Ilo Ilo (Ba Ma Bu Zai Jia) (Anthony Chen – Singapore) 99 minutes
Anthony Chen’s debut feature won the Caméra d’Or – awarded for the best first film screened at Cannes – the first Singaporean film to win a prize at the festival. It is an assured, if modest, film (Chen is still only 29) and announces the arrival of a talent for the future. Ilo Ilo (named, one presumes, for the Philippine city) takes place against the backdrop of the Asian financial crisis of early 1998. The Lim family takes on a Filipino maid, Teresa (Angeli Bayani) to care for their ten-year-old son Jiale (Koh Jia Ler), who is quite a handful. Father Teck (Tian Wen Chen) soon loses his job as the economy begins to bite, his notice having been filed by his own wife Hwee Leng (Yann Yann Yeo), who is a clerk in the same shipping company. There is no explicit questioning of the financial system that caused the crash – though there were plenty such crises in the 1990s, in Asia, Russia and South America, neoliberal orthodoxy was still absolute in those days. The pressures of finding a job, and in the case of Hwee Leng, holding onto hers while expecting a second child, do however work on the family, whose troubles are not helped by Jiale’s continuous disciplinary problems at school.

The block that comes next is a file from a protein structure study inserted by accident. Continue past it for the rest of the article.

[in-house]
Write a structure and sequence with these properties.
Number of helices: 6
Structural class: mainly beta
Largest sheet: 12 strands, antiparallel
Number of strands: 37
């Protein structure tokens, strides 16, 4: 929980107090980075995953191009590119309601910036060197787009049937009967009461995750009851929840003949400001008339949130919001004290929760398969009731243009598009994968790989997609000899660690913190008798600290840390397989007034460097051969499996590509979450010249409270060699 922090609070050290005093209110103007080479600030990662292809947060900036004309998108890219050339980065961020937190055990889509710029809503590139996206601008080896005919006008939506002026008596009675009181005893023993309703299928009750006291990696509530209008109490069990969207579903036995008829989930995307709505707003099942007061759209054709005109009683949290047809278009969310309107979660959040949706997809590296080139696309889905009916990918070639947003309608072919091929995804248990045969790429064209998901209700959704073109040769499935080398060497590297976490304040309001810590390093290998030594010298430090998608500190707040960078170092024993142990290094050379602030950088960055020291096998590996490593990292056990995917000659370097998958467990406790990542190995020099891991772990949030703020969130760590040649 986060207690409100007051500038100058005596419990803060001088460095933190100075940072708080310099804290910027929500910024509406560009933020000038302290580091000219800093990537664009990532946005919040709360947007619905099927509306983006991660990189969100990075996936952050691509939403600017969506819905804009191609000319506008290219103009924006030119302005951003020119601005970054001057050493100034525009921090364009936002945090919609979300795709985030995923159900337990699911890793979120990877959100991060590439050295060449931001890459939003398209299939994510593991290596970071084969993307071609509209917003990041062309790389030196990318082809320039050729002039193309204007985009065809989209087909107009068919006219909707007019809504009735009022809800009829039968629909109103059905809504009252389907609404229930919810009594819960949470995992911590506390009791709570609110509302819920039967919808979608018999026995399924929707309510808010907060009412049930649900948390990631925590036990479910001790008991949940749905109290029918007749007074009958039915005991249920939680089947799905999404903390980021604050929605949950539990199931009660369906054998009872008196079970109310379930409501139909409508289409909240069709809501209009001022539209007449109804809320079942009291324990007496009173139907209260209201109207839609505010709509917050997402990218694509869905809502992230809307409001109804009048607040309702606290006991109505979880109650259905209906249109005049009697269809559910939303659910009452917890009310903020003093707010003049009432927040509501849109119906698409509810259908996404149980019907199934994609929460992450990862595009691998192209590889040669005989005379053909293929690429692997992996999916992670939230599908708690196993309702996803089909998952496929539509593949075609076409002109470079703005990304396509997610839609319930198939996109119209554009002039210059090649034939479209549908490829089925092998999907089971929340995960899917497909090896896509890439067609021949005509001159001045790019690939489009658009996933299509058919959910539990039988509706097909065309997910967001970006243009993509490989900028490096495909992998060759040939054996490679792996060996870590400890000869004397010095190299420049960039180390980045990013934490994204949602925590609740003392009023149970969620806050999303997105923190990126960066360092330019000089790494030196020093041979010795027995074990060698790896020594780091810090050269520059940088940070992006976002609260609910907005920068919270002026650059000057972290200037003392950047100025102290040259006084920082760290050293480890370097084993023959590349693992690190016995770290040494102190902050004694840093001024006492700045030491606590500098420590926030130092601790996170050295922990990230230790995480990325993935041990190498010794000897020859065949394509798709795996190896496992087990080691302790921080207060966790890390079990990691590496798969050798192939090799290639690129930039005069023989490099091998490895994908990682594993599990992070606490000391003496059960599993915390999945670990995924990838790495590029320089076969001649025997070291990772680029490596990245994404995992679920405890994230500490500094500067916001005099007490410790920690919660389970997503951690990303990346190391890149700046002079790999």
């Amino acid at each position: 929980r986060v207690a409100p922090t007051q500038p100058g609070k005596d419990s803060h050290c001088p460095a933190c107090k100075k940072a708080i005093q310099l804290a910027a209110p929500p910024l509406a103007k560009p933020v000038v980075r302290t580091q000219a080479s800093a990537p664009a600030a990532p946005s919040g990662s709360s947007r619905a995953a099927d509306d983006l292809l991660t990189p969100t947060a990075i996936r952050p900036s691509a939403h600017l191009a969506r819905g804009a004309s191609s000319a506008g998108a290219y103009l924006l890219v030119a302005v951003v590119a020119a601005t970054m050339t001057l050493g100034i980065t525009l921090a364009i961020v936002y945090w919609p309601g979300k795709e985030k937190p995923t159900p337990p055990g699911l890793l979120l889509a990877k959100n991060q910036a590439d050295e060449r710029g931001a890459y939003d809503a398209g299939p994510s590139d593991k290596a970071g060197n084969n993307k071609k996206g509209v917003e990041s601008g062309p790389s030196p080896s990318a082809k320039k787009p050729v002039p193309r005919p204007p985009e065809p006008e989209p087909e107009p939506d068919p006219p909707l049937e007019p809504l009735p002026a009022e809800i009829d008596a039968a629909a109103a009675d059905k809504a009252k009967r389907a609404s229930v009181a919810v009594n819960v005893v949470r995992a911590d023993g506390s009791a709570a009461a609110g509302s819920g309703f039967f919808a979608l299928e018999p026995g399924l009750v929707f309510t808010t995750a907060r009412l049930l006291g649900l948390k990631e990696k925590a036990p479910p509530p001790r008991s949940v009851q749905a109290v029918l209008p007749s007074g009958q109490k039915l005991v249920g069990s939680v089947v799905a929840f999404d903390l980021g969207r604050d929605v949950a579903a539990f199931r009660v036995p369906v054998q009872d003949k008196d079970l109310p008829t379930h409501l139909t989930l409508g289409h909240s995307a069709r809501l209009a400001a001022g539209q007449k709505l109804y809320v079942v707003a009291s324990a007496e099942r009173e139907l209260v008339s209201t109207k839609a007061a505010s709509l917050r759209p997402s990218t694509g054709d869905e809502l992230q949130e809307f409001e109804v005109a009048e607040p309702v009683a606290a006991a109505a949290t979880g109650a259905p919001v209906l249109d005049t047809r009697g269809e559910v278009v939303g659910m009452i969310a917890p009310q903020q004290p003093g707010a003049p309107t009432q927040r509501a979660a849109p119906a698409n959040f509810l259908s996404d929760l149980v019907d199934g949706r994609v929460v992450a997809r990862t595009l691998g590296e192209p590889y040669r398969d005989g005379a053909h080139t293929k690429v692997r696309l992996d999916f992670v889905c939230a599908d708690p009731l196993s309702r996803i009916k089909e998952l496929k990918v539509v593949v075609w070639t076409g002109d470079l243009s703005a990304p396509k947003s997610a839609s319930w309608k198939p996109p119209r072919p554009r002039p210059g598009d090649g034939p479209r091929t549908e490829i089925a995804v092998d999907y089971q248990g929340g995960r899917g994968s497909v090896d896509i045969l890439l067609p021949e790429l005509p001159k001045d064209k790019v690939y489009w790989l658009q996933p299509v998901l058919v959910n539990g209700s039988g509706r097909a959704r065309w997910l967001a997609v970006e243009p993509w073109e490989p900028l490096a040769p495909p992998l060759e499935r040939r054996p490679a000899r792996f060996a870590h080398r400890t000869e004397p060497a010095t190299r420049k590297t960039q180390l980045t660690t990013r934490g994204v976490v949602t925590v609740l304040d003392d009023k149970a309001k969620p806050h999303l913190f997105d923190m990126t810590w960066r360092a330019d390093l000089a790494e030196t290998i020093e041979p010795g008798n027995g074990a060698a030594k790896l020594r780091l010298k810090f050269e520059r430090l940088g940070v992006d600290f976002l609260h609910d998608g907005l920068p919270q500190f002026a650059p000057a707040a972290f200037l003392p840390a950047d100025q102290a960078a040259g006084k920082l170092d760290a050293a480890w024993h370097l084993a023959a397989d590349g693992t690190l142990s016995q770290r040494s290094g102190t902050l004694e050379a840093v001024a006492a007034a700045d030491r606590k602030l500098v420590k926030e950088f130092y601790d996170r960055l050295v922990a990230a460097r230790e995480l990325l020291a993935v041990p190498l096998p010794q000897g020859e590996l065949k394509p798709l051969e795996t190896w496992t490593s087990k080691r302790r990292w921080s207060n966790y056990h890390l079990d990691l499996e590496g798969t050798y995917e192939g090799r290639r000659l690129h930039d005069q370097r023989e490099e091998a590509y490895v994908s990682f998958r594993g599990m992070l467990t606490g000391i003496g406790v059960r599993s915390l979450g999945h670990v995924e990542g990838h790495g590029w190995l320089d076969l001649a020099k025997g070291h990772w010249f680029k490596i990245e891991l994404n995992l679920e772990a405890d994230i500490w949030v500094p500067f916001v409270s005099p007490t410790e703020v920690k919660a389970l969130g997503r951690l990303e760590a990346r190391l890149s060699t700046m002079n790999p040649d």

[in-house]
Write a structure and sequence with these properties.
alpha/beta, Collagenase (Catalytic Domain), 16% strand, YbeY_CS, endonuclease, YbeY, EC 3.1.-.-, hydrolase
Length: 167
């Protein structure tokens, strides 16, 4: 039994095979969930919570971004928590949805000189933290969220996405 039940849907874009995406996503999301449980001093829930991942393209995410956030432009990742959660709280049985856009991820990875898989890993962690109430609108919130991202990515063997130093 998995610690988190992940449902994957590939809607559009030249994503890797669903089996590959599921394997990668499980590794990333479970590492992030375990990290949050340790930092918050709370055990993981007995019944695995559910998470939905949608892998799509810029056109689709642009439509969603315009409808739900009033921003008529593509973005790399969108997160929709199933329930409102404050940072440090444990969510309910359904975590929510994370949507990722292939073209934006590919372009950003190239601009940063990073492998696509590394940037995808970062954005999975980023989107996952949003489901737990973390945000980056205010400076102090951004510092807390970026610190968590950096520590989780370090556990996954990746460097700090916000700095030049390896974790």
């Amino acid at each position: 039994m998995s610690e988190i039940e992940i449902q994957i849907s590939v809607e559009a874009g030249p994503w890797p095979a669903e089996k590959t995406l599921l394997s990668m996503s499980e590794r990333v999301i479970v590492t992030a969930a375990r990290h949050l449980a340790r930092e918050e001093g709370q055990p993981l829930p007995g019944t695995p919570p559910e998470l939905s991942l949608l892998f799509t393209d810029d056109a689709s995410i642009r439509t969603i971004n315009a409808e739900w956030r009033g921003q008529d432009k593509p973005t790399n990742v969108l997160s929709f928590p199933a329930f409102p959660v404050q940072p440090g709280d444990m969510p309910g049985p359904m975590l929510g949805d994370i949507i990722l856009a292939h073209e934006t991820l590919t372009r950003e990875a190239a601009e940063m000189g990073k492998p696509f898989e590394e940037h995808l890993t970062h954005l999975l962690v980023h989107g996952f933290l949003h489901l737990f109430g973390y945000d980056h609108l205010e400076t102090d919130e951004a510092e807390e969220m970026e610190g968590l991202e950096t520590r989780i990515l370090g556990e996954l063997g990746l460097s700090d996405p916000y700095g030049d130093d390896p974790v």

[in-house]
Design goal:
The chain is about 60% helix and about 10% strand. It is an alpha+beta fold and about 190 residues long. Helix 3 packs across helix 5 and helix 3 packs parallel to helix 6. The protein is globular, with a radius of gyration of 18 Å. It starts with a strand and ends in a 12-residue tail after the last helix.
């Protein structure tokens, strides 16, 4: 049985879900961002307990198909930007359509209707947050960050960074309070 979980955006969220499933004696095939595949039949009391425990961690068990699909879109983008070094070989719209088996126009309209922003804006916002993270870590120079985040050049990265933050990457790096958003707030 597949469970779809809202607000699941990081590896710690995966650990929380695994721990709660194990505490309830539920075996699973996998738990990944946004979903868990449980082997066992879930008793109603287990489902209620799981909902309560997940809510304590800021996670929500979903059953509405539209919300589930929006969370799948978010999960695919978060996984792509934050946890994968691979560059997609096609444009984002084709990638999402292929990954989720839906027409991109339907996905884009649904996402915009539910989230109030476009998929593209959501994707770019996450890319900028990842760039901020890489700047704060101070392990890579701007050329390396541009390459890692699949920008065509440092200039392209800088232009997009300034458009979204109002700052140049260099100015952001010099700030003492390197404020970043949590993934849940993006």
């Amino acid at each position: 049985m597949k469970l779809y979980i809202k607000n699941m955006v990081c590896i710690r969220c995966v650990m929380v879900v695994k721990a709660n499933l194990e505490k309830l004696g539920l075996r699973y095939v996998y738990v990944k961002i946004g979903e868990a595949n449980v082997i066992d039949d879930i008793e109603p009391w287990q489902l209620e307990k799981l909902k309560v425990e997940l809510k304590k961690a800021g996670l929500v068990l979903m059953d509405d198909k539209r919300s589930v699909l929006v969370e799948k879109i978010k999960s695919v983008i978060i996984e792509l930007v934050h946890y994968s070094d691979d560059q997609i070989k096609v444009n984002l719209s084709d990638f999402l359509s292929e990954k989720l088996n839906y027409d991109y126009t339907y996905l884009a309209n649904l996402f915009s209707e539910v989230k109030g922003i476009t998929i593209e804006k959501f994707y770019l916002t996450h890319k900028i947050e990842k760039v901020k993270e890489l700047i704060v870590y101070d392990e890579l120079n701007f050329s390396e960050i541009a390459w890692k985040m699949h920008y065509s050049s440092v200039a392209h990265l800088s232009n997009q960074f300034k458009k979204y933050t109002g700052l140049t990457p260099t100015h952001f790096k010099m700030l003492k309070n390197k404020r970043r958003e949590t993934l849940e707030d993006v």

The family are initially wary of Teresa; Hwee Ling confiscates her passport (which Teresa surrenders without protest) for fear that she might abscond suddenly. But the Lims do not subject her to the horrendous cruelty that befalls many immigrant maids from South-East Asia; if anything, they are relatively sympathetic towards her. Hwee Leng gradually becomes slightly jealous as Teresa’s bond with Jiale inevitably strengthens while Teck is friendlier, in his own gauche manner. Chen has an unobtrusive filming style and is particularly good with actors. Bayani is excellent as Teresa, who has left her own infant child with her uncaring sister to come work in Singapore; early on she displays a surprising toughness when she reprimands Jiale after he plays a prank on her that results in her being detained by security guards in a supermarket. This ultimately wins the young brat over.
If there is one flaw with the Ilo Ilo, it is it’s all a bit predictable. The odd-couple-coming-together trope is well worn and was treated more interestingly in Anocha Suwichakornpong’s Thai film Mundane History (2009, but released in Europe this year). There is no real mystery in how the film is going to pan out. That said, it is a well-made first film and Chen, if given meatier subject matter, is likely to produce something very good indeed.